Allen R. Fellows (1866-1926) [Sioux Falls, Minnehaha County] was on the executive committee of the men’s female suffrage club in 1916 and wrote SDUFL president Mamie Pyle a letter of congratulations in November 1918 when the state amendment passed [Argus Leader (Sioux Falls SD), September 28, 1916; Fellows to Pyle, November 7, 1918, RA11723, Box 4, Correspondence, 1918, November 1-7, Pyle Papers USD].  Fellows was an official of the Brown Drug Company and active in the Republican party [Mitchell Capital (SD), August 6, 1914; Sisseton Weekly Standard (SD), September 22, 1916Northwestern Druggist 30 (1922), 38 (includes photo); Kingsbury, History of Dakota Territory, vol. 4 (1915), 827].  He was involved in plans for the visits of both former President Roosevelt in 1910 and President Wilson in 1919, the latter as president of the Sioux Falls Commercial Club [Madison Daily Leader (SD), July 30, 1910, August 25, 1919; Harold H. Schuler, “Patriotic Pageantry: Presidential Visits to South Dakota,” South Dakota History 30(4) (Winter 2000), 353].  In 1918, he was appointed to the state Council of Defense [Madison Daily Leader (SD), April 19, 1918].   Allen R. Fellows married Harriet Le Fever in 1888 [Kingsbury, History of Dakota, 827; Jared Fellows, “Biography of Harriet E. Fellows, 1866-1956,” Biographical Database of Militant Suffragists, 1913–1920. Database assembled and introduction by Jill Zahniser].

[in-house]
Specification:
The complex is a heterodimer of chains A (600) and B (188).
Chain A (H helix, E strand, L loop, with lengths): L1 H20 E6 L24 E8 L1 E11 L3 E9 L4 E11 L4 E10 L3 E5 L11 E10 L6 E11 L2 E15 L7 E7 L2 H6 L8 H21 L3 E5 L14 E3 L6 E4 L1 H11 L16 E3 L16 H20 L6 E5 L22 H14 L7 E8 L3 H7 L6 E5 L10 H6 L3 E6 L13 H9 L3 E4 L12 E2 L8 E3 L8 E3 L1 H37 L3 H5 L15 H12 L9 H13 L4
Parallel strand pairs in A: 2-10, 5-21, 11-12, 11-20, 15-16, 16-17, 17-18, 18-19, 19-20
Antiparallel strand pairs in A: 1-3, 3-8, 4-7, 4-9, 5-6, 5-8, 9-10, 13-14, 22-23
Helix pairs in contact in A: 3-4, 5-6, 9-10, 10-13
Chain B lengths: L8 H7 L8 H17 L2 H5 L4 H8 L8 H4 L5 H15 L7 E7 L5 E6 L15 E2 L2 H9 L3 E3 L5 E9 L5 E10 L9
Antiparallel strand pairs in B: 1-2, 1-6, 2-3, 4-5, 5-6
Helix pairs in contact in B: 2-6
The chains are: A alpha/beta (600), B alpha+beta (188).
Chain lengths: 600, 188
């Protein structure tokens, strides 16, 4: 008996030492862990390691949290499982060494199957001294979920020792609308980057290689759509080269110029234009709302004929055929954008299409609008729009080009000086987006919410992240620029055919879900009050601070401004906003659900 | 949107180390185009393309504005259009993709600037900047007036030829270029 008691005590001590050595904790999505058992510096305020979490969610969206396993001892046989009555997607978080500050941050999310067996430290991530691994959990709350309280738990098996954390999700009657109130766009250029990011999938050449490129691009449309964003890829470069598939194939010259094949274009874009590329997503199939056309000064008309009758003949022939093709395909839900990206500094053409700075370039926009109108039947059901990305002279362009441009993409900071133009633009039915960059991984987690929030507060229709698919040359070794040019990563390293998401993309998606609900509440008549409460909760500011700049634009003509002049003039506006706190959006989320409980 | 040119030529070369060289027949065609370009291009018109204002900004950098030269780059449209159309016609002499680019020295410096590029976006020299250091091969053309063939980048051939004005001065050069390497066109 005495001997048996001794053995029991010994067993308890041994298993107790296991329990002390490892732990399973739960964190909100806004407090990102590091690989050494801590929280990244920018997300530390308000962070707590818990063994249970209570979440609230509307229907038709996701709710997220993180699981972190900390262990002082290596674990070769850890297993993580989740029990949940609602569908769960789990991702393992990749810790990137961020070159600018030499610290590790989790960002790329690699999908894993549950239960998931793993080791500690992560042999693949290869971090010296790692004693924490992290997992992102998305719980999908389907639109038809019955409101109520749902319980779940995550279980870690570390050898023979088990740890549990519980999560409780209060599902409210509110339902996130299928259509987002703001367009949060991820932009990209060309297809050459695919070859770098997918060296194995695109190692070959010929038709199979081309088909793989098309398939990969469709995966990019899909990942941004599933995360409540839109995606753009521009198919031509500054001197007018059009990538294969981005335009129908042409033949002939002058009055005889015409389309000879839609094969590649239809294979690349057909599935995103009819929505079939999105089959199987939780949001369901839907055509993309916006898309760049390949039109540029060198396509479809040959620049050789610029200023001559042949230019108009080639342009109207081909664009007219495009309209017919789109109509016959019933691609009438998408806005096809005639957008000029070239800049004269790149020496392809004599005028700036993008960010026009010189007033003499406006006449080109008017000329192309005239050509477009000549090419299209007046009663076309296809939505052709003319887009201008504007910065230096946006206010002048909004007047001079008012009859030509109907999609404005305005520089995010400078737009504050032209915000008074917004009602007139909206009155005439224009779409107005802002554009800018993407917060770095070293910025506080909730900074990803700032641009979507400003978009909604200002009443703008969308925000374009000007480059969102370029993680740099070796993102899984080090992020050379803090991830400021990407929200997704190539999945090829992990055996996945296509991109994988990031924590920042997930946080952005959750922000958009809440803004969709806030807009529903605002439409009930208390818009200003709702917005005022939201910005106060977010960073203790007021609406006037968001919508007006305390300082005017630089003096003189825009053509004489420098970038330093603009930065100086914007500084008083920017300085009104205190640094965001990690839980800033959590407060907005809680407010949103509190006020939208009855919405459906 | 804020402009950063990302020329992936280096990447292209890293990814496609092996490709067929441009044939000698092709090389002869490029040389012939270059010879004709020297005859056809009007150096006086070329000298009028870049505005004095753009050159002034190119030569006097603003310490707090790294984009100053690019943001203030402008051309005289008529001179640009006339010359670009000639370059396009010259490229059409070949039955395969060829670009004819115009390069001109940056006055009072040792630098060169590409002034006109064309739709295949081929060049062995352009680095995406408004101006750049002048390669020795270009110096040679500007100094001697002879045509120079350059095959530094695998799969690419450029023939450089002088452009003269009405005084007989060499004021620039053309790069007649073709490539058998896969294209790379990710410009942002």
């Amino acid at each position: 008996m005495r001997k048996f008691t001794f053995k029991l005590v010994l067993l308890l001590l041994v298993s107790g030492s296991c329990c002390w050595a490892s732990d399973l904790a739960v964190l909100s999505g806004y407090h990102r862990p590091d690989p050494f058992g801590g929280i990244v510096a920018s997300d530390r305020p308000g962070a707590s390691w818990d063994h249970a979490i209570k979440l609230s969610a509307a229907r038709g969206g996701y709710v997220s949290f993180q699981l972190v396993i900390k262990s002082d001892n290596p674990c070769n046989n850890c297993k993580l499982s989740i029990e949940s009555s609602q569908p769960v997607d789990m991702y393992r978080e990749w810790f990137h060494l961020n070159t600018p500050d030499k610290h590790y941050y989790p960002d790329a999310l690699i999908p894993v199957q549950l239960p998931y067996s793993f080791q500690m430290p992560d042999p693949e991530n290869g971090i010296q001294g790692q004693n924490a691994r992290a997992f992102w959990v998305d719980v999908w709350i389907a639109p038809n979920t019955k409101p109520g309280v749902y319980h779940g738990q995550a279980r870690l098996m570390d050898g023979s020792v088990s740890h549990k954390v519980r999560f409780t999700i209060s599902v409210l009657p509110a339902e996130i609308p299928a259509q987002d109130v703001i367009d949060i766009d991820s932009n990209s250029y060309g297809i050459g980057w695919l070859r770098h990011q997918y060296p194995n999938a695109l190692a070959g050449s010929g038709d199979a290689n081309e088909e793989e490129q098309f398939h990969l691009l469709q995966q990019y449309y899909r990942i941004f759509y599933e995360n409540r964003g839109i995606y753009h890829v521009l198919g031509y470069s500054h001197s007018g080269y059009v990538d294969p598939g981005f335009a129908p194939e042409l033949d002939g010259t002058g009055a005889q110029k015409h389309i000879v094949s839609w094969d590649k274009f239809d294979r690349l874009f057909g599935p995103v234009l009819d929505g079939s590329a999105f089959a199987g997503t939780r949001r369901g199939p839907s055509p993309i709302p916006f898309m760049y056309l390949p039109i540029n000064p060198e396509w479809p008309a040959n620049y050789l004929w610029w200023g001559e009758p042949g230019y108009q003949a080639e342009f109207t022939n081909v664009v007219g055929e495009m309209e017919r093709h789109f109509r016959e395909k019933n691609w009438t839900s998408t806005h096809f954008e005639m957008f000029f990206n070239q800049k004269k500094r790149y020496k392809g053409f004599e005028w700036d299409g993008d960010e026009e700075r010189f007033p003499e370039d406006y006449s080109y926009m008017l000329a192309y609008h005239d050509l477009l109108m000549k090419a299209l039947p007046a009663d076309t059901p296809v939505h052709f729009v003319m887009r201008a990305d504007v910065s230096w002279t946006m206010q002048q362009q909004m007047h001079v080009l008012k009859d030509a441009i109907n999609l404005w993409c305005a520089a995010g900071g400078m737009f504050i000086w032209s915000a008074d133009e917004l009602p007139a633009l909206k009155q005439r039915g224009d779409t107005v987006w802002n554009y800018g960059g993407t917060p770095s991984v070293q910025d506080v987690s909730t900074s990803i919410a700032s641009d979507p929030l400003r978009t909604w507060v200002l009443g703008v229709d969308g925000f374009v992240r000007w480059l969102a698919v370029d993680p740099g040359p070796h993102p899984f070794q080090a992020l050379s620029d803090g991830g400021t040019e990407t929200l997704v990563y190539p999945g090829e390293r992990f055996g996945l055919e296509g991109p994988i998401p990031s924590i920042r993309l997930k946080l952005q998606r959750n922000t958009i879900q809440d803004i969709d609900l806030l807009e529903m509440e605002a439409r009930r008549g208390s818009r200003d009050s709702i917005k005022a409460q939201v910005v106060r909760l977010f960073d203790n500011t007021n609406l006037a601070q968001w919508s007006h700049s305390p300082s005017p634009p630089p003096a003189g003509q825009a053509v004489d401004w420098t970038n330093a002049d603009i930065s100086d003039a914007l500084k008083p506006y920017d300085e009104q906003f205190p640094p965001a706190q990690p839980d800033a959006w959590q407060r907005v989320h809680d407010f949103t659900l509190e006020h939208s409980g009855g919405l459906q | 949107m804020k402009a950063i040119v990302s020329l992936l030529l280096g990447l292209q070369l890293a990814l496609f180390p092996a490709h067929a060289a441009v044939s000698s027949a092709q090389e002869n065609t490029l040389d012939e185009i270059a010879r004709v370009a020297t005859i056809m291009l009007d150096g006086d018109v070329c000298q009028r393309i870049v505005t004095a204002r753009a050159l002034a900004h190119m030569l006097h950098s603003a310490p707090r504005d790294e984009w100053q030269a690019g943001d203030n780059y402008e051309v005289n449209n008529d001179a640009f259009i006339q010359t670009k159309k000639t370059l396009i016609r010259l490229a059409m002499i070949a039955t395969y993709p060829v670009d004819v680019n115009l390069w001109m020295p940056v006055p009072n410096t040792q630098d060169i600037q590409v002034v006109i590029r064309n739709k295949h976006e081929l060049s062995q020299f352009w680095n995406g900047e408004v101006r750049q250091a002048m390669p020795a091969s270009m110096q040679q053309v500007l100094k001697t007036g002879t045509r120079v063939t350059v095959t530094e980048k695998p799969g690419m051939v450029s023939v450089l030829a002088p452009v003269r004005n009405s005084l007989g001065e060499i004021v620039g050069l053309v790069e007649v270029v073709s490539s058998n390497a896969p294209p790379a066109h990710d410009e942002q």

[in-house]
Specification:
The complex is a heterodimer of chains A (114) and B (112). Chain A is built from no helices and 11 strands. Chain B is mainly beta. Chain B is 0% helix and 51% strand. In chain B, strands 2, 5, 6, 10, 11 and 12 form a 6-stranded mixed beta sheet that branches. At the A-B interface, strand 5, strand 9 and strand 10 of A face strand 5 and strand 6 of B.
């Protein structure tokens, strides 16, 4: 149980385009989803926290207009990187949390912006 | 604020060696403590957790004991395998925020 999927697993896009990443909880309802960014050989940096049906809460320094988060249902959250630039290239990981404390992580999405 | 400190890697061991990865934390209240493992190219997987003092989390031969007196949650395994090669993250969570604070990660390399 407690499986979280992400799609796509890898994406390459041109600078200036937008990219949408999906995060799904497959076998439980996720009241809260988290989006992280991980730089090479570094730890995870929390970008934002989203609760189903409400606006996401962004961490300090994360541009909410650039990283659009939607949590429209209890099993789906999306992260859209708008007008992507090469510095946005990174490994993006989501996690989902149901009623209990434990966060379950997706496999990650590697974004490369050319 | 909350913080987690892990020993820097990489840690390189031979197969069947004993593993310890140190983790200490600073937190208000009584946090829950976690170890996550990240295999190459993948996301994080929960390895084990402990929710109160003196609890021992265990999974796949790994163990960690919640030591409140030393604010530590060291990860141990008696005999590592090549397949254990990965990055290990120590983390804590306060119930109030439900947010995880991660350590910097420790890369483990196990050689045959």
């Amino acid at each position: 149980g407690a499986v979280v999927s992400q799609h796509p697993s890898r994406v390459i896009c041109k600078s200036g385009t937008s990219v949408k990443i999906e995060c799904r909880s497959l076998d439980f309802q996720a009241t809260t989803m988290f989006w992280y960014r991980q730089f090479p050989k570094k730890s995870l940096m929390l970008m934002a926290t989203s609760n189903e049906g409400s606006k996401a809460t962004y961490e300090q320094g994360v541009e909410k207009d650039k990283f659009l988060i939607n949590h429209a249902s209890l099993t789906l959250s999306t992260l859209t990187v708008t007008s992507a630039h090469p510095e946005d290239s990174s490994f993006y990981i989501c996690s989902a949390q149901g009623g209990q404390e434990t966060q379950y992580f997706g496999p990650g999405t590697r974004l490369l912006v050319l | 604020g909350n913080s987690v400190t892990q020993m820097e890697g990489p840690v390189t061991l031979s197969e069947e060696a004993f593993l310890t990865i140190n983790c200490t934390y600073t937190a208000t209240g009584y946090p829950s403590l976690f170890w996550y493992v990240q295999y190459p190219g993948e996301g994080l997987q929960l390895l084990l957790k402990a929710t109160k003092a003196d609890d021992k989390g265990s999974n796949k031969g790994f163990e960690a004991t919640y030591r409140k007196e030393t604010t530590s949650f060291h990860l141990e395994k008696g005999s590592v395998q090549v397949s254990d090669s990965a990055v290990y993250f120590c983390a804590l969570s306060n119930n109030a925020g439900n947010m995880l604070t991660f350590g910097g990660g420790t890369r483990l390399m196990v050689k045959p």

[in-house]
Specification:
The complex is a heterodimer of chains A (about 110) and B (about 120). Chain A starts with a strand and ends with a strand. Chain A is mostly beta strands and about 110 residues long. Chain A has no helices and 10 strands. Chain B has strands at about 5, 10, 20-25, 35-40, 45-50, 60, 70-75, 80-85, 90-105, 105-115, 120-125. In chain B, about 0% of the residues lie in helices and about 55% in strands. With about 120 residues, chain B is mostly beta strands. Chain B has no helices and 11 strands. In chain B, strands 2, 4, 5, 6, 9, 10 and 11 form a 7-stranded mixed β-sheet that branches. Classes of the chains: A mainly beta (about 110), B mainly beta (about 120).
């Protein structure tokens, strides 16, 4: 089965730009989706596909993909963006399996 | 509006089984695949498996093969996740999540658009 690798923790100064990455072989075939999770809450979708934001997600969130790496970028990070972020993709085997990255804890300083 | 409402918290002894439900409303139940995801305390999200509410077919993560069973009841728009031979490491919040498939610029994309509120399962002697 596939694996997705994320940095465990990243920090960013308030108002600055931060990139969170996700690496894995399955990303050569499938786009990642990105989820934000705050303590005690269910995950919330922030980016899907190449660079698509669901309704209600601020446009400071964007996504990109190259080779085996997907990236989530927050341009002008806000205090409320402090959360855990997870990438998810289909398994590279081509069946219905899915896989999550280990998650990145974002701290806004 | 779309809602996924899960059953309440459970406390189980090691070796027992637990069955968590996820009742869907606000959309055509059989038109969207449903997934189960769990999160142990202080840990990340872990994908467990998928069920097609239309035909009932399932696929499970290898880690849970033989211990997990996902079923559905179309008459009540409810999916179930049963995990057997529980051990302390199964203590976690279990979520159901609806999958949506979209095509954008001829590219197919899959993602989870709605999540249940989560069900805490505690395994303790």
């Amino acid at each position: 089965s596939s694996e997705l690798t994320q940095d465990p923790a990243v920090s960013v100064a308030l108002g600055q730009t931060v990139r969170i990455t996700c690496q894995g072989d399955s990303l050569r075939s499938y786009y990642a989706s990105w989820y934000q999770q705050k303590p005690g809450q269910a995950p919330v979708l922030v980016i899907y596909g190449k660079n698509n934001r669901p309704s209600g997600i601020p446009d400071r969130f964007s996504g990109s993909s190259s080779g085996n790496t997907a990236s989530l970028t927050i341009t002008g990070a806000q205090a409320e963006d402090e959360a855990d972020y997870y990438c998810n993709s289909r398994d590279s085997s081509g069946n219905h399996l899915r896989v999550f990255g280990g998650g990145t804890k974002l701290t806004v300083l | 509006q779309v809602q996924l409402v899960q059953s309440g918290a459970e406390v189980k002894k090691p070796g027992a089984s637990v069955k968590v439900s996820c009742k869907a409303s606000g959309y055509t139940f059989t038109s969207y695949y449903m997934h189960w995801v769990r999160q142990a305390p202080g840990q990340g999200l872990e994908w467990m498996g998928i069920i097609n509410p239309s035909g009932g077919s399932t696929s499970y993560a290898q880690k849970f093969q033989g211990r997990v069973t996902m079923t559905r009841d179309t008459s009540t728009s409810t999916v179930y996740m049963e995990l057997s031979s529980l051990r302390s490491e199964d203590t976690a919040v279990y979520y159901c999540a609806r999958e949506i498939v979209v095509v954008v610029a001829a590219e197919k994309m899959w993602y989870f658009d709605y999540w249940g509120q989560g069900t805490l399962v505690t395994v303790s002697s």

* Hattie E. Fellows (1866-1956) [Sioux Falls, Minnehaha County] was chair of the state board of the Congressional Union for Woman Suffrage when it was organized in January 1917 and continued in the role through 1920 [The Suffragist (National Women’s Party) (January 24, 1917), 8; Suffragist 8(5) (June 1920), 108].  In October 1917, Fellows made the arrangements for national organizers Jane Pincus and Mabel Vernon to speak at the Quaker Tea Room and presided over the meeting [The Suffragist (National Women’s Party) 5(94) (November 10, 1917), 8; Argus Leader (Sioux Falls SD), November 1, 1917].  In 1920, she represented South Dakota at a women’s conference in Chicago to discuss the continuing work of getting the final states to ratify the federal suffrage amendment [Argus Leader (Sioux Falls SD), June 2, 1920].  Harriet Le Fever married druggist Allen R. Fellows in 1888 [Kingsbury, History of Dakota Territory, vol. 4 (1915), 827; “Harriet E. LeFever Fellows,” Find-a-grave.com; Jared Fellows, “Biography of Harriet E. Fellows, 1866-1956,” Biographical Database of Militant Suffragists, 1913–1920. Database assembled and introduction by Jill Zahniser].

Mrs. A.R. Fellows,” photograph by Edmonston (Washington D.C.), LOC, Location: National Woman’s Party Records, Group II, Container II:274, Folder: Individual Photographs Nos. 119-133 “F”.  Cropped version of the photograph published in The Suffragist 8(5) (June 1920), 98.